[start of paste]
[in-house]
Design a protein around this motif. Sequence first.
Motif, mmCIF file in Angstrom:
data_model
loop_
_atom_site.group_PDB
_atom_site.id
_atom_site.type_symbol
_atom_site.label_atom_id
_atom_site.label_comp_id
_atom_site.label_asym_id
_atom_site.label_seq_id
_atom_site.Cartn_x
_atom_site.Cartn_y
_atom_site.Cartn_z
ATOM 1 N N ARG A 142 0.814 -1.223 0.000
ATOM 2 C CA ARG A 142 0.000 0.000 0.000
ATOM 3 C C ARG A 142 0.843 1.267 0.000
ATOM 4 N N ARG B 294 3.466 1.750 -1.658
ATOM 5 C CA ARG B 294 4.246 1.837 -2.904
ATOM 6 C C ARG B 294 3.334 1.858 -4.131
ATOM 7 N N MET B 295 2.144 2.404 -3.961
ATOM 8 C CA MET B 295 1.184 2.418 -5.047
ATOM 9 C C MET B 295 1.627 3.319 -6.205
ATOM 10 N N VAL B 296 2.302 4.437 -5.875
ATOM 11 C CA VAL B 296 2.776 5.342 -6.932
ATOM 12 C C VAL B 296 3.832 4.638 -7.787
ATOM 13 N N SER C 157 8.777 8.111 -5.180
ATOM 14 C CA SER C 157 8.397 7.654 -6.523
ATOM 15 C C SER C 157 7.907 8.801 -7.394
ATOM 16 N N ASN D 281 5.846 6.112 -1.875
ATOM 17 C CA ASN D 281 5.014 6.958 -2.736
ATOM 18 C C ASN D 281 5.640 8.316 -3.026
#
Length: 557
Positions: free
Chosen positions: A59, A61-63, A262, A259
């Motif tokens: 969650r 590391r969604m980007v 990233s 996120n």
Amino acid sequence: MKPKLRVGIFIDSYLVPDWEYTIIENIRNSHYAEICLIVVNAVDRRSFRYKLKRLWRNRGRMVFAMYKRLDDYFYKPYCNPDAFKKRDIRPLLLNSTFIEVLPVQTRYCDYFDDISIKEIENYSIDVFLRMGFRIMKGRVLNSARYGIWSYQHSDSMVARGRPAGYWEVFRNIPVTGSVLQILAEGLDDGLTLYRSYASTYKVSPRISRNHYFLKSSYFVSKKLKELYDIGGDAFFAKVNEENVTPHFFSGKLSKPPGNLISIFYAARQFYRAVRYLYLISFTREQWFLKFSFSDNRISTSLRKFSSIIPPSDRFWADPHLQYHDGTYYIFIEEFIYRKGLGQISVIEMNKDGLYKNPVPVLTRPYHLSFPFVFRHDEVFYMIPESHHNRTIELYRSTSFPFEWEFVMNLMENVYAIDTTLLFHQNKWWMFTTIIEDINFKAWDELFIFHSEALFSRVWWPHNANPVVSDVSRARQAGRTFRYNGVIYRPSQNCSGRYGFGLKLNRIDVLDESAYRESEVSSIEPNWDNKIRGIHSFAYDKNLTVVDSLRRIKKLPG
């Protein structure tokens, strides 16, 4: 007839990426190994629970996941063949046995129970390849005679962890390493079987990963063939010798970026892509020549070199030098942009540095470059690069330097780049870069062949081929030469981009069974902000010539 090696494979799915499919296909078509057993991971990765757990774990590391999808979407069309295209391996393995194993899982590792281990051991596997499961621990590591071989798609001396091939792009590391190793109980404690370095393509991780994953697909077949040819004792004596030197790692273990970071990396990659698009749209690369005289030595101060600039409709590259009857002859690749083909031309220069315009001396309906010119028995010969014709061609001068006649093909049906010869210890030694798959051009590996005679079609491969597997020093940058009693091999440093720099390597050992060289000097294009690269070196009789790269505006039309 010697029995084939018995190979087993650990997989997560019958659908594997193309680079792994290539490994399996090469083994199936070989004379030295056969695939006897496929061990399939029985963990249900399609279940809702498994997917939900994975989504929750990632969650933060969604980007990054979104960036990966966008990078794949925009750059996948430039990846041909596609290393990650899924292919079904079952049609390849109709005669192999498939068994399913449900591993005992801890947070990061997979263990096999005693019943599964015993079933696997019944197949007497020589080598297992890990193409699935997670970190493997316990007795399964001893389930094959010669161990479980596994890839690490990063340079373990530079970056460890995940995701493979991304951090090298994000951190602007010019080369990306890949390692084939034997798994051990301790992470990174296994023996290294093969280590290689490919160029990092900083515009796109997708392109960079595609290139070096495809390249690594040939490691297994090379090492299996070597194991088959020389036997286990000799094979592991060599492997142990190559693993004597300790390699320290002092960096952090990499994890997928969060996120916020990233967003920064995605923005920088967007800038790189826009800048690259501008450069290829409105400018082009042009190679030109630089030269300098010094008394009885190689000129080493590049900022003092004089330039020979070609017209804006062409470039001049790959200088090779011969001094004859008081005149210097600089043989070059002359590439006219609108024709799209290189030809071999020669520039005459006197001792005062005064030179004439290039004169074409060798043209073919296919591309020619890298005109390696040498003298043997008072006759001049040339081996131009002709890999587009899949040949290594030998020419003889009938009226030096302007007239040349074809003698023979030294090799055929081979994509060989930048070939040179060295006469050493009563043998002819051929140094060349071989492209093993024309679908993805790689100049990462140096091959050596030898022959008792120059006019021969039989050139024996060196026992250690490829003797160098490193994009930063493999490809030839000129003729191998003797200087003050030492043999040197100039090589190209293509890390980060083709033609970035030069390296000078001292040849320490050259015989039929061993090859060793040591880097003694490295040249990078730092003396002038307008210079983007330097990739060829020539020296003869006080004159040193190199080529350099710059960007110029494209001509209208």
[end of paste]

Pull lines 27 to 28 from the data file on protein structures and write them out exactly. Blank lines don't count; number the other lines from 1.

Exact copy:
ATOM 12 C C VAL B 296 3.832 4.638 -7.787
ATOM 13 N N SER C 157 8.777 8.111 -5.180